Human Rights Council holds annual debate on rights of persons with disabilities in situations of risk and humanitarian emergencies

Report
from UN Human Rights Council
Published on 04 Mar 2016 View Original

Hears Opening Remarks by the United Nations High Commissioner for Human Rights

The Human Rights Council today held its annual interactive debate on the rights of persons with disabilities, with a focus on persons with disabilities in situations of risk and humanitarian emergencies, the standards set by the Convention on the Rights of Persons with Disabilities in its article 11, and the policies and practices developed under its guidance.

In his opening remarks, Zeid Ra’ad Al Hussein, United Nations High Commissioner for Human Rights, said that in conflict and emergency situations, people with disabilities were often disproportionately and acutely at risk. Organizers of emergency responses too often failed to enable persons with disabilities to participate in planning, a failure often resulting in inadequate and inaccessible facilities. Many of the barriers faced by persons with disabilities were entirely avoidable, not only in the course of emergency management, but in every social context. The World Humanitarian Summit in May offered an opportunity to take real steps toward change.

Catalina Devandas Aguilar, Special Rapporteur on the rights of persons with disabilities, said that humanitarian emergencies had a severer impact on persons with disabilities, who lacked access to warning systems, evacuation plans and involvement in the preparation and response to emergency situations. There should be a human rights-based approach to inclusive humanitarian responses, and a gender-based approach to all phases of humanitarian action targeting persons with disabilities.

Diane Kingston, Vice-Chair of the Committee on the Rights of Persons with Disabilities, said it was important to ensure accessibility, non-discrimination, and gender-sensitive article 11-response. It was also important to ensure that persons with disabilities had access to information on humanitarian aid or emergency procedures, that internally displaced persons with disabilities were registered, and that accessibility services were provided to asylum seekers with disabilities.

Kirstin Lange, Senior Disability Advisor at the Office of the United Nations High Commissioner for Refugees (UNHCR), said that a key aspect of UNHCR’s focus in working with persons with disabilities was to build new partnerships between humanitarian and disability actors. Ensuring the protection of persons with disabilities in situations of risk required a shift towards persons with disabilities being systematically included across all areas of humanitarian response.

Setareki Macanawai, Chief Executive Officer of the Pacific Disability Forum, said that emergency responses were often neither accessible to nor inclusive of persons with disabilities because they very often did not take into account the rights, experiences, expertise and needs of persons with disabilities. A proactive approach was needed in order to identify and remove barriers to persons with disabilities from having access to preparedness, prevention, mitigation and relief services and programmes.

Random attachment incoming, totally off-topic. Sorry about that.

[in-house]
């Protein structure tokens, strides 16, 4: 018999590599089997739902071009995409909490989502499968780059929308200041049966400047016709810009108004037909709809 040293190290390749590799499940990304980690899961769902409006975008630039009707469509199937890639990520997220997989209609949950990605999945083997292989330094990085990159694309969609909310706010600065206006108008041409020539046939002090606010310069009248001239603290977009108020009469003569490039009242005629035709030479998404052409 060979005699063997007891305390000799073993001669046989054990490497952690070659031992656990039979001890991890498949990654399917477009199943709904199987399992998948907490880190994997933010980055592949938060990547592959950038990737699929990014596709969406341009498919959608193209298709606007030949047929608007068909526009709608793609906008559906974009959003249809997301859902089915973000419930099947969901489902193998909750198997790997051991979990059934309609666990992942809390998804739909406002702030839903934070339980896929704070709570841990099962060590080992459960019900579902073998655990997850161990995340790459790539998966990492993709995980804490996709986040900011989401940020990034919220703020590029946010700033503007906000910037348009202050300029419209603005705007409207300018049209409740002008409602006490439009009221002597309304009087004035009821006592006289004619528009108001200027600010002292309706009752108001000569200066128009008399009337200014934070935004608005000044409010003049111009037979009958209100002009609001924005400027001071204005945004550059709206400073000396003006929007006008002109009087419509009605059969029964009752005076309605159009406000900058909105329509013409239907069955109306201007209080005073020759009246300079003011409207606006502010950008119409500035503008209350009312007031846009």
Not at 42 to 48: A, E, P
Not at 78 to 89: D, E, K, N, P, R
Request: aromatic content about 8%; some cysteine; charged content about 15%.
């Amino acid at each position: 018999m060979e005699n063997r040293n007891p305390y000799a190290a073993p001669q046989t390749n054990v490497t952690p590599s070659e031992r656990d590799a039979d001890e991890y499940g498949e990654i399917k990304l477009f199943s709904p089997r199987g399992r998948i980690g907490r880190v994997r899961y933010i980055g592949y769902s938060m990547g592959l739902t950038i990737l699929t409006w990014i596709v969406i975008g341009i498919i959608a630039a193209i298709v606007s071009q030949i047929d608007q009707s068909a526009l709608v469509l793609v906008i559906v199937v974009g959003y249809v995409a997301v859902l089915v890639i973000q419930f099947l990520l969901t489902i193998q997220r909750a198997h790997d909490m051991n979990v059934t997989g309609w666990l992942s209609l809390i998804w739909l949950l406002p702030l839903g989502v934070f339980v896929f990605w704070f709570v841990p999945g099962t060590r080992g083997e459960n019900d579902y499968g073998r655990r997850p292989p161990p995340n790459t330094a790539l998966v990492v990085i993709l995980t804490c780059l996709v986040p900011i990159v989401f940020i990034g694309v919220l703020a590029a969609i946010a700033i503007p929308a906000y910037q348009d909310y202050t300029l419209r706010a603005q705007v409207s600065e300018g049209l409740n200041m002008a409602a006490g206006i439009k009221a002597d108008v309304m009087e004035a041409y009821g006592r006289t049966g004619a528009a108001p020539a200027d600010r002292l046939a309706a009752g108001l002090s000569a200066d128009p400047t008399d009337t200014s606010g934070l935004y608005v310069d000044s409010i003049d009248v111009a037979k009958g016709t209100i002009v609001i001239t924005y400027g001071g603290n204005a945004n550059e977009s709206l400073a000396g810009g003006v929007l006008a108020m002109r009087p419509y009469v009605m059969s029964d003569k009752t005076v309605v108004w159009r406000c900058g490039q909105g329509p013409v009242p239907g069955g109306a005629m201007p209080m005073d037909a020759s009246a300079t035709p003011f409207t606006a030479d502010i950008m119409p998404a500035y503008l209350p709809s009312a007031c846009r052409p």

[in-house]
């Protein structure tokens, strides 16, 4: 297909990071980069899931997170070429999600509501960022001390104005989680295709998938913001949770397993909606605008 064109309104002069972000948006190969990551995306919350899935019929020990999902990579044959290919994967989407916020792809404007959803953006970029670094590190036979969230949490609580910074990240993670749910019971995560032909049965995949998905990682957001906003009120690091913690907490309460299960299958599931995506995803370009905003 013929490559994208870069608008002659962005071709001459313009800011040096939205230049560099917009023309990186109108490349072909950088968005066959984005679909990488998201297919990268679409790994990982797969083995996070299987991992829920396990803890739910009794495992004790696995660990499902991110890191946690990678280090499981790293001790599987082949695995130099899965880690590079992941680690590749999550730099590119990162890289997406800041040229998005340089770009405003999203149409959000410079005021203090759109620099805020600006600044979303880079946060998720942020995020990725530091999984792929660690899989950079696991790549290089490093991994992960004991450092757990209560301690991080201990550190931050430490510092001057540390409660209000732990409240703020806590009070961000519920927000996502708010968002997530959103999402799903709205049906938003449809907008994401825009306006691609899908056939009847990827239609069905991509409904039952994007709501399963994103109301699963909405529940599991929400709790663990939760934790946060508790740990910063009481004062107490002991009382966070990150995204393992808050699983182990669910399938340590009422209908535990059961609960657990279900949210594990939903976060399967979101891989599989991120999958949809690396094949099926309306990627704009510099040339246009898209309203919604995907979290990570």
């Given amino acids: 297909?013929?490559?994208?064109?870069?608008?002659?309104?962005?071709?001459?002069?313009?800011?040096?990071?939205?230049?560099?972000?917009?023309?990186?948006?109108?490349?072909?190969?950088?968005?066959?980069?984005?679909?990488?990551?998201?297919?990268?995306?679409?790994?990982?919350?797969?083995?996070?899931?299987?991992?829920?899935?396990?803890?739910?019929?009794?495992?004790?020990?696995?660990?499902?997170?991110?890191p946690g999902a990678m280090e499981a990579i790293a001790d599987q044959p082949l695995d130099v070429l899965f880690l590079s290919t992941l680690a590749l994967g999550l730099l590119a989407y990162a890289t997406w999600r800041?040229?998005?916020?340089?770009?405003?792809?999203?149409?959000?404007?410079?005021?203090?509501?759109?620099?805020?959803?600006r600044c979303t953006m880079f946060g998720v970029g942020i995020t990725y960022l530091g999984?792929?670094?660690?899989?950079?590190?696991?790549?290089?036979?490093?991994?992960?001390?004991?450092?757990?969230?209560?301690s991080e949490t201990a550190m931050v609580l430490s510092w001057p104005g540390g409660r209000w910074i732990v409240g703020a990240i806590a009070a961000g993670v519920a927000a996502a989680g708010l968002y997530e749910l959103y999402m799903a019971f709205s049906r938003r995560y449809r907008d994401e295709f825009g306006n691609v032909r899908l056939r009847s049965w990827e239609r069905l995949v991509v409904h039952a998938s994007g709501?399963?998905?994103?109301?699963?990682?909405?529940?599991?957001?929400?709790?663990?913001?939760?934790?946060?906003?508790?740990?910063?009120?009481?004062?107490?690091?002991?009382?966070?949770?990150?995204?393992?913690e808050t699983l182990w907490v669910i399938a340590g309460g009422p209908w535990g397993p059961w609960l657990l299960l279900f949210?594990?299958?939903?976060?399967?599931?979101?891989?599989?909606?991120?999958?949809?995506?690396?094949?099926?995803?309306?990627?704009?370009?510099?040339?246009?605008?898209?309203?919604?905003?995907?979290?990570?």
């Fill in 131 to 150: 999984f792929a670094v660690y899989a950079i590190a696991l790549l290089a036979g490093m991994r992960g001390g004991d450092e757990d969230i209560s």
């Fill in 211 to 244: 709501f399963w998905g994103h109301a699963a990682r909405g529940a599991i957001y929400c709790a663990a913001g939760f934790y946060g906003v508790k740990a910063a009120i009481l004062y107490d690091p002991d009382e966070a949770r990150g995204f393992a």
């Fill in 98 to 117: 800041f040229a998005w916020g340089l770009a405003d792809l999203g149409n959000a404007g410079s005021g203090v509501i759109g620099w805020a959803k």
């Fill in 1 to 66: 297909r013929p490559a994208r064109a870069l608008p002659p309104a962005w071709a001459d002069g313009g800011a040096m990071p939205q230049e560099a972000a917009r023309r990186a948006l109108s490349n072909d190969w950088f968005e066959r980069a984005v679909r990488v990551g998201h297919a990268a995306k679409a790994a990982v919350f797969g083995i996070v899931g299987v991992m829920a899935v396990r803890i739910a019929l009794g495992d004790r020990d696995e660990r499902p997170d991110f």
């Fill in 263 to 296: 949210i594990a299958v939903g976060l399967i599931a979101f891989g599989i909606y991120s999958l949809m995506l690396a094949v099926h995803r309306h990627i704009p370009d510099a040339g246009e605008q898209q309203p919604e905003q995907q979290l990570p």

Myroslava Tataryn, Regional Inclusion Adviser at Handicap International, regretted the lack of mechanisms by which disability-targeted violence could be reported and tracked, which would end impunity for perpetrators. Without global standards guiding inclusive practices for persons with disabilities, steps to enhance access to services would remain ad-hoc, relying solely on the good intentions of isolated service providers.

During the debate, speakers recognized that conflicts and natural disasters affected disproportionately the most disadvantaged, particularly persons with disabilities, whose needs were insufficiently addressed by international humanitarian aid providers. Speakers underlined the importance of inclusiveness at all stages, and stressed the necessity for international cooperation and financial support in that regard.

Taking the floor during the debate were representatives of the European Union, Kuwait on behalf of the Arab Group, Dominican Republic on behalf of the Community of Latin American and Caribbean States, South Africa on behalf of the African Group, Thailand on behalf of the Anti-Personnel Mine Ban Convention’s Committee on Victim Assistance, Mexico, India, United Arab Emirates, Israel, Senegal, China, France, Austria, Georgia, Egypt, New Zealand, Finland, Paraguay, Japan, Nepal, Tunisia, Russian Federation, Canada, Italy, Philippines, Iran, Portugal, Spain, Sudan, South Africa, Bulgaria, Australia, Indonesia, Venezuela, Saudi Arabia, Libya, Estonia, Brazil and Ecuador. United Nations Children Fund also took the floor.

Verein Sudwind Entwicklungspolitik, Canners International Permanent Committee, Human Rights Watch, Pan-African Union for Science and Technology, and Arab Commission for Human Rights also spoke.

The Council is having a full day of meeting today. At noon, it will conclude its clustered interactive dialogue with the Special Adviser to the Secretary-General on the prevention of genocide, and the Special Rapporteur on the situation of human rights defenders. It will then start its clustered interactive dialogue with the Special Rapporteur on the rights of persons with disabilities and the Independent Expert on the enjoyment of human rights of persons with albinism.